GROVELAND — The fire is gone. Now the real work can begin.
The massive Rim Fire, the fourth-largest wildfire in the state's history, burned through some of San Francisco's far-flung water and power infrastructure before torching more than 240,000 acres of national forest and parkland since it began Aug. 17.
With the fire — which Mayor Ed Lee said burned with the intensity of the 1906 conflagration that leveled The City — now 75 percent contained, The City's assets are now out of harm's way, city officials proclaimed Tuesday.
At least from the fire.
Two of The City's three powerhouses, which capture and deliver the hydroelectric energy that powers city buildings, Muni vehicles and San Francisco General Hospital, are back online, with repairs at the third — taken offline as a precaution during the fire's first week — underway, San Francisco Public Utilities Commission General Manager Harlan Kelly said at a news conference held in the company town of Moccasin, which houses the 250 agency employees who maintain The City's power and water supplies.
It's still not known exactly what it will cost to repair the fire's damage to the hydroelectric powerhouses, but Kelly estimated it to be in the millions.
And while the fire burned through only "2 percent" of the Hetch Hetchy watershed in Yosemite National Park — the bulk of the damage is downriver in the Stanislaus National Forest — the entire southern edge of the Hetch Hetchy Reservoir, San Francisco's main freshwater supply, was burned, according to Cal Fire incident command.
It's still unclear how bad the damage will be to the trees and plants that keep hillsides intact during the winter rainy reason. That will remain unknown until the fire is completely out and erosion-prevention measures can begin, "hopefully" before the winter rains begin, fire officials said.
Some preparations for the winter rains have already begun — like digging trenches on hillsides to direct water flow — but other work, like replanting, can't begin until the fire is entirely out.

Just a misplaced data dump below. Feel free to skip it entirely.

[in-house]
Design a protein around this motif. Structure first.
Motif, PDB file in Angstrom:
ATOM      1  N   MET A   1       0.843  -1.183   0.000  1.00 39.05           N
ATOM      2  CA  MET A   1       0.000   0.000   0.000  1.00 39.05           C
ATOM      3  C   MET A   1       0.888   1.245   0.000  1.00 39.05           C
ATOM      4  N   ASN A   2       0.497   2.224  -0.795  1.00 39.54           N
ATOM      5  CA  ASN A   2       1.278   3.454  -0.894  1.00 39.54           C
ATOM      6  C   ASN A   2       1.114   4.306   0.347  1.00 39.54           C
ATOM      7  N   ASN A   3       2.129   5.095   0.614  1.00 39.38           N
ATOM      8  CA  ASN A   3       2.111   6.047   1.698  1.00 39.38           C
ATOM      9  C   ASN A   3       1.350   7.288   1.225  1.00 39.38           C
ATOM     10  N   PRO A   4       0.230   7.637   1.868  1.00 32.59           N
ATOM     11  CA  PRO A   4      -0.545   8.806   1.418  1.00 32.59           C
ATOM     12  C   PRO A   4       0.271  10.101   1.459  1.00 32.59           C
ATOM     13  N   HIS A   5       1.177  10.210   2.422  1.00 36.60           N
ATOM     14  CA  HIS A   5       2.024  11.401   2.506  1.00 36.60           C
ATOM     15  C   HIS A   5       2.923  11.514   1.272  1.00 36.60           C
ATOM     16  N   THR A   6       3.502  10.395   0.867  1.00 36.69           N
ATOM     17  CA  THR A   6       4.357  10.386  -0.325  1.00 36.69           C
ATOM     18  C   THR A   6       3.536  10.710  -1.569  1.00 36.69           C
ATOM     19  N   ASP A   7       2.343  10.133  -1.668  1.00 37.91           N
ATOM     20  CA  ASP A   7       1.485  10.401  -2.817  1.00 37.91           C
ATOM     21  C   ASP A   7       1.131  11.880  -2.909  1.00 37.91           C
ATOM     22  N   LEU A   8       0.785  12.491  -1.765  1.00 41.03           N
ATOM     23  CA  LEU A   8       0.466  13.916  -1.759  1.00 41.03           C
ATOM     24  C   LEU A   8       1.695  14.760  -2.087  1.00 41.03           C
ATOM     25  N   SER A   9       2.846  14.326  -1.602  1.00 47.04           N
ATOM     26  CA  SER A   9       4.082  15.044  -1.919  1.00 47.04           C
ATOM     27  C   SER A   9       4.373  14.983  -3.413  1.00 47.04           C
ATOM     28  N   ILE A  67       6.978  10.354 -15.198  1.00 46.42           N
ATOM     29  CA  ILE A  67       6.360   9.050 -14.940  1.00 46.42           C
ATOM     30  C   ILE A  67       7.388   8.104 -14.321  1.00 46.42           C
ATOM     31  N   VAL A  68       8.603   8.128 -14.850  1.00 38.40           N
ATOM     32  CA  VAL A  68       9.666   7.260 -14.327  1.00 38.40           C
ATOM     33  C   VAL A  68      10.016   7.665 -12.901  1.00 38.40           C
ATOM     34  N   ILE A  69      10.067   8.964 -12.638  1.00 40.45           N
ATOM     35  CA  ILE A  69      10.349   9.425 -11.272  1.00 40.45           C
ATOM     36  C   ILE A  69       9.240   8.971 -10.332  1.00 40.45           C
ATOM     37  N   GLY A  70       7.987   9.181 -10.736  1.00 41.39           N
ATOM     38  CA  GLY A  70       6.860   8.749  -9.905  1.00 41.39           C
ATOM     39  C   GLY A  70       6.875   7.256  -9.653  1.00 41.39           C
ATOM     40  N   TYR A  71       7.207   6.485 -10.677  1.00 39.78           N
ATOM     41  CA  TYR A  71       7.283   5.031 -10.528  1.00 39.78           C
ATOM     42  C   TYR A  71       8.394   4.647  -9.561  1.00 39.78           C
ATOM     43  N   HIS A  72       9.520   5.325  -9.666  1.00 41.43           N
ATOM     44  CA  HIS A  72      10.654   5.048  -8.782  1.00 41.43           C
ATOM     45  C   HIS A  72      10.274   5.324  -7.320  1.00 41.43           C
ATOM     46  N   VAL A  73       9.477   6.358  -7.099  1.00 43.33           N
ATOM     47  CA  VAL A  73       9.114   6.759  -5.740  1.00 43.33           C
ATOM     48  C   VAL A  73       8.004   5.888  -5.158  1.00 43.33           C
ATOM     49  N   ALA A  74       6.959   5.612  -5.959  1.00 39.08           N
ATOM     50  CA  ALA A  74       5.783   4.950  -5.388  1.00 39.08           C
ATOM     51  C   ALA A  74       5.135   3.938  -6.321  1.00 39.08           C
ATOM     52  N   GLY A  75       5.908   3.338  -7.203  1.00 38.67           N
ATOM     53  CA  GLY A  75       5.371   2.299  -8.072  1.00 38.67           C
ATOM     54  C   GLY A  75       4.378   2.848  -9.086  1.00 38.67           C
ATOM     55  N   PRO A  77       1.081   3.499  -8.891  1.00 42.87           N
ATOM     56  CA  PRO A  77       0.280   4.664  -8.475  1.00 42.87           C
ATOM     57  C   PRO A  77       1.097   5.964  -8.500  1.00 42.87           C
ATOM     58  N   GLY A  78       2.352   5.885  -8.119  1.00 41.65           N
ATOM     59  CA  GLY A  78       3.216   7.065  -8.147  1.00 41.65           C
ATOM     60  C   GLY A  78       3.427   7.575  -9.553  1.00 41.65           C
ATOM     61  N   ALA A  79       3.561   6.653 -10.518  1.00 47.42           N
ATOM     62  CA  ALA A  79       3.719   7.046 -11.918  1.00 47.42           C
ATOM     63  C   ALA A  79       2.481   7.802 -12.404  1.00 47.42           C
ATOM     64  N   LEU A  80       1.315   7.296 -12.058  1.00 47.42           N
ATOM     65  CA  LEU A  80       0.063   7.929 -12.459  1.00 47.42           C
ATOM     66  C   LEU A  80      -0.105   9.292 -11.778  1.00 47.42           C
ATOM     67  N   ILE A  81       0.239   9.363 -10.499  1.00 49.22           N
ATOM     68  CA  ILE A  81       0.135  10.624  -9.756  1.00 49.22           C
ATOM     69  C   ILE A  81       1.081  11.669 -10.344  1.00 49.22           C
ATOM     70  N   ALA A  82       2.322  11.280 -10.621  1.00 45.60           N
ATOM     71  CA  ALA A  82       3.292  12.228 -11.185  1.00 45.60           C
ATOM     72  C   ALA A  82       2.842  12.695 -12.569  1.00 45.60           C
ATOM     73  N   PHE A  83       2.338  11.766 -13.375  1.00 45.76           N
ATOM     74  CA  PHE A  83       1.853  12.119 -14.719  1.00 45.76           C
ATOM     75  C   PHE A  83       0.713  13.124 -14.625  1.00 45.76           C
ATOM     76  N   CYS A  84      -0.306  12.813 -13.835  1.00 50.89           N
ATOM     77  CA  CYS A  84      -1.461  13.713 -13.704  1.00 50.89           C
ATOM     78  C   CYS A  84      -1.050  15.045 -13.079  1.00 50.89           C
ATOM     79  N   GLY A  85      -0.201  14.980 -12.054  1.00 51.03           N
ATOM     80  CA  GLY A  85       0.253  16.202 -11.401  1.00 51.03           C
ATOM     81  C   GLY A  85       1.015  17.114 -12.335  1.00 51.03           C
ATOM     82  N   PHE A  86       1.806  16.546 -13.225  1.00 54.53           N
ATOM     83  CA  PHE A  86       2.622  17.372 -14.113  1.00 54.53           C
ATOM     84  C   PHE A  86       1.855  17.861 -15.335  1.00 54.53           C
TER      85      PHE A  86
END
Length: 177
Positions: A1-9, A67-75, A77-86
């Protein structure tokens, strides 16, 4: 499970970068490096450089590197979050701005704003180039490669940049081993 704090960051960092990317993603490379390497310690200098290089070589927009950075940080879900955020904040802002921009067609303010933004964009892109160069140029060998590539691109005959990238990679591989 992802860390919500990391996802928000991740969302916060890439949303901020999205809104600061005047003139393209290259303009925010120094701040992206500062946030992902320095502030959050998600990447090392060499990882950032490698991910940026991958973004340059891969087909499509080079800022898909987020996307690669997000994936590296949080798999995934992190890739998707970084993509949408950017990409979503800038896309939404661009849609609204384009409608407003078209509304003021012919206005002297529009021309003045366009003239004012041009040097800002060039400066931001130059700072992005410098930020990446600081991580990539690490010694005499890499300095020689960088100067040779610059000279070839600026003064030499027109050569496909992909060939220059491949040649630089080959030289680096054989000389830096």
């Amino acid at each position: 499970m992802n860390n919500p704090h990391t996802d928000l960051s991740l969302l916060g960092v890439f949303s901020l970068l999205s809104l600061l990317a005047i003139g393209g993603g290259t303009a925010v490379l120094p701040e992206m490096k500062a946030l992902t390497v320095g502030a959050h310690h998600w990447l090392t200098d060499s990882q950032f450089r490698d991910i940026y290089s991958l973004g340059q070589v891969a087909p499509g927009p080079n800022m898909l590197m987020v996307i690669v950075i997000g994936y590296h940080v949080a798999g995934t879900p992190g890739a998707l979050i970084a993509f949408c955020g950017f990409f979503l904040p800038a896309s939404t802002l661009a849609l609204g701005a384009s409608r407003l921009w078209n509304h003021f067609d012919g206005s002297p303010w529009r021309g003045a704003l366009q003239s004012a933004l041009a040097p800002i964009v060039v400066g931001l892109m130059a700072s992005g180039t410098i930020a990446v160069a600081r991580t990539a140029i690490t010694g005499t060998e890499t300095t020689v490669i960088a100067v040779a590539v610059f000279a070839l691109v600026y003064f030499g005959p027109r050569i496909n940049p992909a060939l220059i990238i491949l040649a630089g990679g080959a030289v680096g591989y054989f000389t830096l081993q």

"There will be a lot of people working up here for a long time," Rim Fire incident Cmdr. Mike Dueitt said.
Kelly said SFPUC officials have visited O'Shaughnessy Dam and have declared it safe and sound. However, the fire burned entirely around two other SFPUC-managed reservoirs — Cherry Lake and Lake Eleanor, northwest of Hetch Hetchy — where damage assessments have yet to be made, Kelly said.
Fighting the fire cost about $70 million, Dueitt said, and replanting trees, grasses and shrubs and repairing the hillsides will cost the U.S. Forest and Park services another $70 million.
The City's cost is not known but will be in the millions of dollars.
Kelly said he hoped those costs would footed by the Federal Emergency Management Agency and other federal agencies and not passed on to ratepayers, but noted it is too early to say.
With the powerhouses offline, The City has so far spent about $860,000 buying power back from a "bank" held in concert with irrigation districts in Modesto and Turlock, with whom San Francisco shares Hetch Hetchy water and power.
The cause of the fire is still unknown. Investigators from the U.S. Forest Service have reached the area where the blaze began but have yet to declare a cause, Dueitt said.City has stake, but little say, in Sierra forest management
A perfect storm of dry conditions, ample brush and nearly impassable terrain helped make the Rim Fire the fourth-worst wildfire in California history.
At least one of those conditions, however, can be helped by humans.
The San Francisco Public Utilities Commission has the ability to trim brush and scrub from underneath its high-voltage power lines, which weren't badly damaged as a result. The SFPUC also pays the U.S. Forest Service $5 million a year to fund forest management — thinning brush and cutting trees so wildfires aren't quite as bad — but The City has very little say in how that money is used.
And extra money could have made the Rim Fire not quite as bad. As The Los Angeles Times first reported, U.S. Forest Service crews had planned to go through the Stanislaus National Forest to clear brush in the area that eventually burned, but couldn't follow through due to a lack of funds.
Another stroke of unfortunate timing made the Rim Fire worse. A thick stand of relatively young trees, planted following a 1987 wildfire, provided some of the Rim Fire's fuel. Had the fire occurred next year or the year after that, the trees would already have been thinned as scheduled, according to Rim Fire incident Cmdr. Mike Dueitt.
The problem is in Washington, said Patrick Koeple, deputy executive director with the Tuolumne River Trust, a nonprofit that monitors conditions in the Sierras.
Without enough money to go in and clear brush — and without enough money to adequately replant — the area is stuck in a wildfire "cycle," he said.
After a 1987 wildfire in the area, "what grew back was brush and chaparral" that fueled the Rim Fire, he said. "And now we're back at a clean slate where the brush can grow back. The Forest Service is underfunded, plain and simple."